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When YouTube launched the video upload feature on their app, 5-10% of videos were uploaded upside-down and this perplexed Google developers. Could such a large percentage of users be shooting their videos incorrectly? Google engineers had inadvertently designed the app for right-handed users. They never considered the fact that phones are usually rotated 180 degrees when held in a user’s left hand.
So here’s the thing about biases, we always assume we don’t have any or are unaware if we have any. Whereas what really happens is they really creep up, catch us off-guard and affect our logical thinking. A bias is a genuine deficiency or limitation in our thinking — a flaw in judgment that arises from errors of memory or a social attribution. As difficult as it may be to admit, it’s possible to be unconsciously biased regarding race, gender, age, social class, and more.
In the fast paced world today when we are tired, stressed, multitasking or forced to make quick decisions, we are more and more prone to make decisions based on biases. Most often when we say that we use our intuition or gut feel or snap judgment to make decisions, we actually depend our biases to make these decisions. And though the decisions are made quicker, the quality of these decisions suffers.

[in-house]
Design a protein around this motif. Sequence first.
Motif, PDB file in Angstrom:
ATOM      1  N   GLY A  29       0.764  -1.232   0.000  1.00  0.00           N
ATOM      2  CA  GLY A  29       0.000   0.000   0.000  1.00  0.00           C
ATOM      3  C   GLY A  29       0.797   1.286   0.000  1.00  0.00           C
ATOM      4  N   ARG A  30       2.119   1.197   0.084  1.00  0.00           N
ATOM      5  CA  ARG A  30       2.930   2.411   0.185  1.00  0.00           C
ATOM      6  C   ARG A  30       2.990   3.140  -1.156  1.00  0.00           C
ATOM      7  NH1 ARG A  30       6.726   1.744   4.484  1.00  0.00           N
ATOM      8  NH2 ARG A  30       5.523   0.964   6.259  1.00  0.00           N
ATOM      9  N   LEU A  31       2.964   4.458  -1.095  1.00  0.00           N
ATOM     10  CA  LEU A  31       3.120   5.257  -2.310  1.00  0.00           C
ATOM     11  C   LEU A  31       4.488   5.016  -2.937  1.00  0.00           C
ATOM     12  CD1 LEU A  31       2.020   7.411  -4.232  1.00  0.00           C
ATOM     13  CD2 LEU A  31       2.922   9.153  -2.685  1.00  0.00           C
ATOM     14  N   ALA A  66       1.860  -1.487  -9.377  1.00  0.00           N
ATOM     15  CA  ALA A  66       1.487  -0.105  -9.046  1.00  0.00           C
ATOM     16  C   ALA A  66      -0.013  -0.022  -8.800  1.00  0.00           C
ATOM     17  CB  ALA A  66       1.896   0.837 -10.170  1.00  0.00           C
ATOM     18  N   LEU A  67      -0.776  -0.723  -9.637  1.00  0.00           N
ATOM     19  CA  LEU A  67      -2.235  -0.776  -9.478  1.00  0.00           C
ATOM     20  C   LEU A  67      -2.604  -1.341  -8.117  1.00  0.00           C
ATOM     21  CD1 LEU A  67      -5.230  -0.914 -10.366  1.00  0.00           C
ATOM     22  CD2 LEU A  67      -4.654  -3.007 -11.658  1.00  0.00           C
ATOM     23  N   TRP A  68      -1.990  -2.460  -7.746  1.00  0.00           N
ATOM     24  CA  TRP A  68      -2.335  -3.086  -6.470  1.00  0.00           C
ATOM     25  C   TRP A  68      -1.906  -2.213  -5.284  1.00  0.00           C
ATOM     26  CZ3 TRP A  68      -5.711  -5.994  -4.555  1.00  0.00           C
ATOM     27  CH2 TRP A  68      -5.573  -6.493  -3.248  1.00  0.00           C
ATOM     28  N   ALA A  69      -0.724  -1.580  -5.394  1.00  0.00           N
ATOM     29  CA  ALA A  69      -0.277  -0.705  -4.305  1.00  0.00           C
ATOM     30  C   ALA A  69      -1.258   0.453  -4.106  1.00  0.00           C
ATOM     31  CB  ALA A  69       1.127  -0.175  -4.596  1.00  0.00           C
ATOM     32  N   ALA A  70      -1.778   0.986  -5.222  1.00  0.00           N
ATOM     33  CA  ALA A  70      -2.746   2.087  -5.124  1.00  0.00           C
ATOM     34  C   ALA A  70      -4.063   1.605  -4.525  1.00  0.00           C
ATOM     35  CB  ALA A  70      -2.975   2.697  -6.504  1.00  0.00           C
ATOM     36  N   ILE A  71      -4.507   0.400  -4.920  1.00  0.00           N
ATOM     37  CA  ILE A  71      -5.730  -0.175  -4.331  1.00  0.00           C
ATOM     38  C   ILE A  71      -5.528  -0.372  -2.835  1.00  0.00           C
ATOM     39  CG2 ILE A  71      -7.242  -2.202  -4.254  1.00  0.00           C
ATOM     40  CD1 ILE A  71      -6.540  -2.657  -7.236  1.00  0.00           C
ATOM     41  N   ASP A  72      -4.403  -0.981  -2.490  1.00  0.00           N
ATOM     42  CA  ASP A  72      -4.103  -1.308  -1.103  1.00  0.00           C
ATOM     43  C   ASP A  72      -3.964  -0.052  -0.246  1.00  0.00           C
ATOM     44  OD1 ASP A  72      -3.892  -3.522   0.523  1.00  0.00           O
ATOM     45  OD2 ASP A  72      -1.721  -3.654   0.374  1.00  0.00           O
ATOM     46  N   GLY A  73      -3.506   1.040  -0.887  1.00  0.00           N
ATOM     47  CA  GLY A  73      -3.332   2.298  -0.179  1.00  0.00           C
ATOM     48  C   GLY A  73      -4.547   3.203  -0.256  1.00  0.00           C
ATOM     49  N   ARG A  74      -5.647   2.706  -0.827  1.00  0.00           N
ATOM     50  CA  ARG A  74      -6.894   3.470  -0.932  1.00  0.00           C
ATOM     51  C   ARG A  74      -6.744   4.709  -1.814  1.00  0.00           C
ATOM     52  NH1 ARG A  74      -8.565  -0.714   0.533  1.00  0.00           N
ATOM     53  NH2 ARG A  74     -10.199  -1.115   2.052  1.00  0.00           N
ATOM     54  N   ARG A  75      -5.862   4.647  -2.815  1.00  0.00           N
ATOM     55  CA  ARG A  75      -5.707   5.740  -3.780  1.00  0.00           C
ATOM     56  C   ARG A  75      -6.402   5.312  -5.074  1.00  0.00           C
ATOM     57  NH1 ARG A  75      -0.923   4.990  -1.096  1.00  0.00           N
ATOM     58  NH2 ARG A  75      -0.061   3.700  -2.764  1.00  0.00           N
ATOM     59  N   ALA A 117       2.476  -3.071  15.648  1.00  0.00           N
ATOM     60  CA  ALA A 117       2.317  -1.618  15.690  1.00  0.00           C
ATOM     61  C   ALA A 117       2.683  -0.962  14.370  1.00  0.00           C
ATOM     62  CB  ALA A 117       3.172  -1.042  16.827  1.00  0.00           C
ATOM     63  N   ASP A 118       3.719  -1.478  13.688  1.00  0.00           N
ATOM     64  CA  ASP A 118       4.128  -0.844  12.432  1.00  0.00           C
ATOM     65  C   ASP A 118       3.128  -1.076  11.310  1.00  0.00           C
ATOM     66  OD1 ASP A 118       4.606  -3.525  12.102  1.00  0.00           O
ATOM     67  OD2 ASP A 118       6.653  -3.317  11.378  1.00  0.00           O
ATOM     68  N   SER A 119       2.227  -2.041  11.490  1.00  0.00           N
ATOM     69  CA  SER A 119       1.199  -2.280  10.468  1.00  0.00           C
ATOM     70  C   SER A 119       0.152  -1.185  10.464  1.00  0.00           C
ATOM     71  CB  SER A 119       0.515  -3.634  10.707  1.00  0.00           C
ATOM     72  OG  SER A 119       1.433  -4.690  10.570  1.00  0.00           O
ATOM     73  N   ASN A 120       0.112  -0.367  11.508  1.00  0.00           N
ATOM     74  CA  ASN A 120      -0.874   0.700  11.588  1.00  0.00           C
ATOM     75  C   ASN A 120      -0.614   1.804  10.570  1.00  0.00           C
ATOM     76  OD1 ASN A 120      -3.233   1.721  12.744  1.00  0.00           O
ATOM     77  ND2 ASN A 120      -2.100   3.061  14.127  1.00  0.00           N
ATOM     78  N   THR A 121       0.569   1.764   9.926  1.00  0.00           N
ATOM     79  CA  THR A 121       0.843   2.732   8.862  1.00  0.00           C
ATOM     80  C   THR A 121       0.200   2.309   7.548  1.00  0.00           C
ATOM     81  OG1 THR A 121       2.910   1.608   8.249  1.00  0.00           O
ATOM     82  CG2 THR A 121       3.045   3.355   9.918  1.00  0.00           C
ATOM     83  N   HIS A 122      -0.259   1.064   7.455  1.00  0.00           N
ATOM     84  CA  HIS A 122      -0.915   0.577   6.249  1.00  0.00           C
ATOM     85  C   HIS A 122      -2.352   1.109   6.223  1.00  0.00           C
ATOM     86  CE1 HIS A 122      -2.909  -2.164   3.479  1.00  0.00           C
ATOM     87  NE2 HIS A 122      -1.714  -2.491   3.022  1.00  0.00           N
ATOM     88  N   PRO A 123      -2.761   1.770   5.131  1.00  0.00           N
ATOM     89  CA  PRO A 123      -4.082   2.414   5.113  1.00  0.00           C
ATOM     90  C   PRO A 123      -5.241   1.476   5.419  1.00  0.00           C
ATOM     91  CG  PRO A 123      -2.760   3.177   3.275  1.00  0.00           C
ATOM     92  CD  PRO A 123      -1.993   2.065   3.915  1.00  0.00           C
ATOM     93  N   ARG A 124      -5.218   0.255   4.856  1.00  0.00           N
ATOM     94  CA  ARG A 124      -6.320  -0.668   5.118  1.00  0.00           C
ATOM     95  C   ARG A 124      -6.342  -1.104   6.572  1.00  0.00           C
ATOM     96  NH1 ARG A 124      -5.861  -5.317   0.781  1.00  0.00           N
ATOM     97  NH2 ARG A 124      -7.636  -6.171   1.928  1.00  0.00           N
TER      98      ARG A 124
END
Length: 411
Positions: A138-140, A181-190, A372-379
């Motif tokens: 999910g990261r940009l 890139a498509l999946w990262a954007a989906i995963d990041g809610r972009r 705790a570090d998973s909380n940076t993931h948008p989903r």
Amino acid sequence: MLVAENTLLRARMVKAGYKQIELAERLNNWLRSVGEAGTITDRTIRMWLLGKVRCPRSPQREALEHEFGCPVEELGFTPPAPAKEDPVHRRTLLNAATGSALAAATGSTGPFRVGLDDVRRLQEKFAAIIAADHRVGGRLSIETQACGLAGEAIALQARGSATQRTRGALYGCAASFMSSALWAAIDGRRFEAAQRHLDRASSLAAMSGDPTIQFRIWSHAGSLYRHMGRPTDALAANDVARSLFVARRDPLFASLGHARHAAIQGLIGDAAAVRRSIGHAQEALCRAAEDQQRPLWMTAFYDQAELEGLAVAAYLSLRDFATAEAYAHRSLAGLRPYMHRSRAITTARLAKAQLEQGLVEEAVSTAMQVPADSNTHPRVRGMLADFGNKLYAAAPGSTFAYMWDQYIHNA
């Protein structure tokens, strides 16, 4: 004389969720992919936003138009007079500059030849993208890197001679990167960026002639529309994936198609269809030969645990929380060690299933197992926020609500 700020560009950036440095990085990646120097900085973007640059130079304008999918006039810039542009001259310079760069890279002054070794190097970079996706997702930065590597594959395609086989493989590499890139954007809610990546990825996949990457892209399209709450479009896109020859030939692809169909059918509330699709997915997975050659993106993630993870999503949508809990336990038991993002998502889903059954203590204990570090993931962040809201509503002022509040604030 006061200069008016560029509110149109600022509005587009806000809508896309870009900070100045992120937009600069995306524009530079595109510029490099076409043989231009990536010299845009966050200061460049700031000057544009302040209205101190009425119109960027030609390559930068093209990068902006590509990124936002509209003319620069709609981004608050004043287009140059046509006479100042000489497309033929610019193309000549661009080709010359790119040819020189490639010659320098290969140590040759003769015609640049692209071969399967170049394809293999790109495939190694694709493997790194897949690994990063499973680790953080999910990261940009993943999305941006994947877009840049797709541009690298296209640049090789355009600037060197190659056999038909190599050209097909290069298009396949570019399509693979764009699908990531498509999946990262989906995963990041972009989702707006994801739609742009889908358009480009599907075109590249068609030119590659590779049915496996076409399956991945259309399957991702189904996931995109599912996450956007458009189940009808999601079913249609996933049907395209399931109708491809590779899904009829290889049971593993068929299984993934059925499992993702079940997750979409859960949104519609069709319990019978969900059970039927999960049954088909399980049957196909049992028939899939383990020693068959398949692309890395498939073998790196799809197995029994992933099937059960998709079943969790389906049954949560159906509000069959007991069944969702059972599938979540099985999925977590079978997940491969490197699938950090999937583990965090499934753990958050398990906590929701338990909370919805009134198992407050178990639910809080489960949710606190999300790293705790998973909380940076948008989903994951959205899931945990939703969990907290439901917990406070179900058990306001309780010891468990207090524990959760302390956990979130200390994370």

Some social psychologists believe our cognitive biases help us process information more efficiently, especially in dangerous situations. Still, they lead us to make grave mistakes.
The truth is that our attitudes and behavior toward other people can be influenced as much by our instincts as by our rational thought processes. That means there is a direct link between our unconscious thinking and our actions and behavior. And that affects everything including our workplace environment.
Our brains are wired to make unconscious decisions because with the number of decisions we have to make every day, it would be overwhelming if we had to consciously evaluate every single one.
Studies have suggested that human beings have two modes of processing information and making decisions. The first, System 1 thinking, is automatic, instinctive, and emotional. It relies on mental shortcuts that generate intuitive answers to problems as they arise. The second, System 2, is slow, logical, and deliberate. While System1 is quick, it’s prone to errors. And while System 2 is relatively safe, it’s time consuming.
More and more organizations now believe that biases should be fought at organizational level, trying to change from System 1 to System 2. Because while we may not be aware of our biases, and prefer not to admit them if we have any, they can have damaging consequences on people we manage. We may be prone to such errors in judgment, but at least we can be aware of them.
When it comes to making choices at work, it’s important to make sure they are not based on bias. And this is why more and more forward thinking organizations stress on diversity and inclusion at the basic organizational architecture level.
If unconscious biases are undermining your ‘Diversity and Inclusivity’ programs, talk to us at KelpHR and we will help you drive your Organization into a way of life!